Patients dependent on regular parenteral support experience a number of serious and life-threatening complications associated with their disease and treatment including shortened life span, high risk of sepsis, blood clots or liver damage, and reduced quality-of-life due to the time required for and consequences of frequent access to an intravenous pump.

Teduglutide (Gattex(r)/ Revestive(r)), a GLP-2 receptor agonist, was approved in 2012 and launched in 2014 in both the US and Europe as the first medicine indicated for the treatment of SBS. .

About Zealand Pharma

Zealand Pharma A/S (Nasdaq Copenhagen: ZEAL) ("Zealand") is a medicinal biotech company with leading expertise in the identification, design and development of novel peptide medicines. Zealand has a proprietary pipeline of novel drug candidates and a portfolio of products and projects under license collaborations with Sanofi, Helsinn Healthcare and Boehringer Ingelheim - primarily in the fields of cardio-metabolic diseases and acute care indications.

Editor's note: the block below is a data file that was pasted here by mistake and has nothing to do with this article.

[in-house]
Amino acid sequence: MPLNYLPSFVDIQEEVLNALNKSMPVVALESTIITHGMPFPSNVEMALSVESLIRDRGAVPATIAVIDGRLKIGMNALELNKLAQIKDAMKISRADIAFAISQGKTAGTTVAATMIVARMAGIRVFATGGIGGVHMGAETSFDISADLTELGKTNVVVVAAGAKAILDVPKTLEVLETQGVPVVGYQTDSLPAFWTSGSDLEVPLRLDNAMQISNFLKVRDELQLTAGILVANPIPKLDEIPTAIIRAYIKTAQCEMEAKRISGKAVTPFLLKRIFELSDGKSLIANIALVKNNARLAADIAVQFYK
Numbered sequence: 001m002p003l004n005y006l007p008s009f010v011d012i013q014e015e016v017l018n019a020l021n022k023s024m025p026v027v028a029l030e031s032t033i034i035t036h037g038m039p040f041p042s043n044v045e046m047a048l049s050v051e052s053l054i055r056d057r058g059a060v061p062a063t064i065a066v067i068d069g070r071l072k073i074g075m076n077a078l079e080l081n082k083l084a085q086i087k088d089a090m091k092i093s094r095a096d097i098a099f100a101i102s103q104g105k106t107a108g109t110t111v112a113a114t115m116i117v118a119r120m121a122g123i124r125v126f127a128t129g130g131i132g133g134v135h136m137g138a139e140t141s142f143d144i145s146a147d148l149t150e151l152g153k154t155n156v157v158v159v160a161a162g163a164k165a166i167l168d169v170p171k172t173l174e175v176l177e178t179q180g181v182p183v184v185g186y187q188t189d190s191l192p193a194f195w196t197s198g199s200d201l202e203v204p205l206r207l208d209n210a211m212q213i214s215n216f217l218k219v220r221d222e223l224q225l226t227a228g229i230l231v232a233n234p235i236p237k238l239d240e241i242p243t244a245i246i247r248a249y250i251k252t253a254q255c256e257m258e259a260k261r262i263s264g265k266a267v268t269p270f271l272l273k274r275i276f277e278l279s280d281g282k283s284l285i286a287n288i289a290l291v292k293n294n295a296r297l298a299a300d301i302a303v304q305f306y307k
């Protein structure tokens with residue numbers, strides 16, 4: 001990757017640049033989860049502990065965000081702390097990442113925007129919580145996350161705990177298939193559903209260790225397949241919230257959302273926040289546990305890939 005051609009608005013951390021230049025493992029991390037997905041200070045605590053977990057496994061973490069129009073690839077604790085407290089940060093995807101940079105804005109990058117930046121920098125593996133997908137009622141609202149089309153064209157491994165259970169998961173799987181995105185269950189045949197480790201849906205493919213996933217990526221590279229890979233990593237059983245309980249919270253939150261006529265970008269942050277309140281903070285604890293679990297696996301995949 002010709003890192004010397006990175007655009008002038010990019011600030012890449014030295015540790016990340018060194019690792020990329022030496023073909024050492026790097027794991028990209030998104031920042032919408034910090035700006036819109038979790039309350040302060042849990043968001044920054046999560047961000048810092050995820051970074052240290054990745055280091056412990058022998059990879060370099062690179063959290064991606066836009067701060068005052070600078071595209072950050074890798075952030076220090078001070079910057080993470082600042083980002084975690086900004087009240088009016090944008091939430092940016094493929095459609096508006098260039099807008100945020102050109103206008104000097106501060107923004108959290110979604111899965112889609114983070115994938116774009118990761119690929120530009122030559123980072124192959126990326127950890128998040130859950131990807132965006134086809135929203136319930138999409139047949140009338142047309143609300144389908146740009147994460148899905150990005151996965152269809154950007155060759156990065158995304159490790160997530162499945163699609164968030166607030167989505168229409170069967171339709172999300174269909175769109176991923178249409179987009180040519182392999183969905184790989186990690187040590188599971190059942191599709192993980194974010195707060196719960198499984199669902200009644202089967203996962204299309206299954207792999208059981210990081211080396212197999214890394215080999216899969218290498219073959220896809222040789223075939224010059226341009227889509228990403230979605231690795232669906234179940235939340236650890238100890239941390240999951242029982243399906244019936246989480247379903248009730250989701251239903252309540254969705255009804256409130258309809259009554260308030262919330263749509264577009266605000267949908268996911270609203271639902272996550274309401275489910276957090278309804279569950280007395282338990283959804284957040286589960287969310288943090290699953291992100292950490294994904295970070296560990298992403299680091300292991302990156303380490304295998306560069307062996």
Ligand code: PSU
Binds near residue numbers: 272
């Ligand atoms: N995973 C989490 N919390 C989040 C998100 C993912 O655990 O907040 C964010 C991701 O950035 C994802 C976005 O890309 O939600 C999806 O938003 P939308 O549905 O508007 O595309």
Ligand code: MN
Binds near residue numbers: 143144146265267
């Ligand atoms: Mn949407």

The proprietary pipeline includes; danegaptide for ischemic reperfusion Injuries in Phase II development, ZP1848 for Short Bowel Syndrome in Phase II development and the stable glucagon analogue, ZP4207 as a single-dose rescue pen for severe hypoglycemia in preparation for Phase II, and ZP4207 as multiple-dose use for the correction of mild to moderate hypoglycemia in evaluation for the next clinical development step after Phase I, as well as several preclinical peptide therapeutics.

Zealand has invented lixisenatide, a once-daily prandial GLP-1 agonist, which is marketed globally (ex-US) by Sanofi for the treatment of Type 2 diabetes. Sanofi submitted lixisenatide for regulatory approval in the US in late July 2015, and has a combination of lixisenatide with insulin glargine (Lantus(r)) which is on track for regulatory submission in the US in Q4 2015 and in Europe in Q1 2016.

The company is based in Copenhagen (Glostrup), Denmark. For further information about Zealand's business and activities, please visit: www.zealandpharma.com or follow us on Twitter @ZealandPharma

Source: Zealand Pharma A/S